Background. The contribution of information and communication technologies (ICTs) to a low carbon economy is unclear. Previous reviews emphasise the need to assess the specific factors that determine the environmental impacts of ICTs, but none of them link those factors to the magnitude of the impacts on energy consumption and carbon emissions. Our study aims to fill this evidence gap.
Methods/Design. We restrict our analysis to a single application domain, namely e-materialisation, defined as the partial or complete substitution of material products with electronic equivalents. We conduct the first systematic literature review of the direct and higher order impacts of the digitalisation of goods on energy consumption.
Results/Synthesis. We identify 31 relevant studies that we sort into five categories, namely: ‘e-publications’ (e-books, e-magazines and e-journals); ‘e-news’; ‘e-business’; ‘e-music’; and ‘e-videos and games’. All but one of the 31 studies use life-cycle analysis and employ a range of product-system configurations, functional units, system boundaries and allocation rules. Confining attention to direct and substitution effects, the studies suggest potential energy savings from e-publications, e-news and e-music, and less potential from e-business and e-videos/games. However, different assumptions for key variables (such as the lifetime and energy efficiency of user devices, the extent to which personal transport is displaced and the number of users of material and digital products) lead to very different estimates—including many where lifecycle energy consumption increases. Most of the studies assume that digital goods substitute for material goods and all of them neglect rebound effects—which suggests that they overestimate energy savings.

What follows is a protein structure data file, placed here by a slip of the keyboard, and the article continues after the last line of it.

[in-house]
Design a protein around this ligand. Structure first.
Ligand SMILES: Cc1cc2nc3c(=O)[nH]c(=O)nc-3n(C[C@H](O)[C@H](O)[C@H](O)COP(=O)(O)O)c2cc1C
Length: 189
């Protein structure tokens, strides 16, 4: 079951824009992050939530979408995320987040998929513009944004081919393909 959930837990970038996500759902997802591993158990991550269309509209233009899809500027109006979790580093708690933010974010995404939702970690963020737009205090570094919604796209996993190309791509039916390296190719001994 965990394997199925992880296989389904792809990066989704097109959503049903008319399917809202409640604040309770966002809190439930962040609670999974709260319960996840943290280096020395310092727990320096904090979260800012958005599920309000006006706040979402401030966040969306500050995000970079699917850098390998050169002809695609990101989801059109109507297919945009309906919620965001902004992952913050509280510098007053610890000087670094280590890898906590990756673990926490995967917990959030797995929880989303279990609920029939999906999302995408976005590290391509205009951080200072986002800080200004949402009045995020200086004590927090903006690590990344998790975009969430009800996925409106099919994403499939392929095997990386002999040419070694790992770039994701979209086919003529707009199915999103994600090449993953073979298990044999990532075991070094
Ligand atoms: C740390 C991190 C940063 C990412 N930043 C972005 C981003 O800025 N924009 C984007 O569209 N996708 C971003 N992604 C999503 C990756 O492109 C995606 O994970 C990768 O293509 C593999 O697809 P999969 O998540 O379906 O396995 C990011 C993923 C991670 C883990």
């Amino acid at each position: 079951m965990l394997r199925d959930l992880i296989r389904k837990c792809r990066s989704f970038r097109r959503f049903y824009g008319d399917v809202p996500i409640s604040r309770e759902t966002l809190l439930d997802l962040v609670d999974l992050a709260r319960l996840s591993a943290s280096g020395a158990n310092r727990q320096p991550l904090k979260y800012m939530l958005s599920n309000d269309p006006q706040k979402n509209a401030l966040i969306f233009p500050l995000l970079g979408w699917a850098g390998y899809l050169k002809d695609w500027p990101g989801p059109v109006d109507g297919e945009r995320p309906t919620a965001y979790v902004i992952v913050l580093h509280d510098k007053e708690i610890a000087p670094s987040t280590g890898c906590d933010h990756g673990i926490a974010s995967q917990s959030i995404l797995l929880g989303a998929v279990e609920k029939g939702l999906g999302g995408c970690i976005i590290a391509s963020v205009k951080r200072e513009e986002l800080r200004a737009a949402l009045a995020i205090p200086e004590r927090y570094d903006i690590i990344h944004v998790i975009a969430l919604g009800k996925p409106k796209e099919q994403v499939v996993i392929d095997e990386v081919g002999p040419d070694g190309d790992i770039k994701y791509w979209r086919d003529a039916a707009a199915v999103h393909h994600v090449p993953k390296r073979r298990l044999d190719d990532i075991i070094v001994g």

Discussion. Given the diversity and context-specificity of the available evidence, the optimistic assumptions that are frequently used (e.g. perfect substitution) and the neglect of rebound effects, we cannot conclude that e-materialisation has delivered significant energy savings to date or is likely to do so in the future.
We propose an exploratory and theoretical study which introduces how and why a particular and innovative ecological accounting approach, the CARE model, currently called upon by a growing number of practitioners and researchers, is a relevant framework to re-conceptualise the issue of climate finance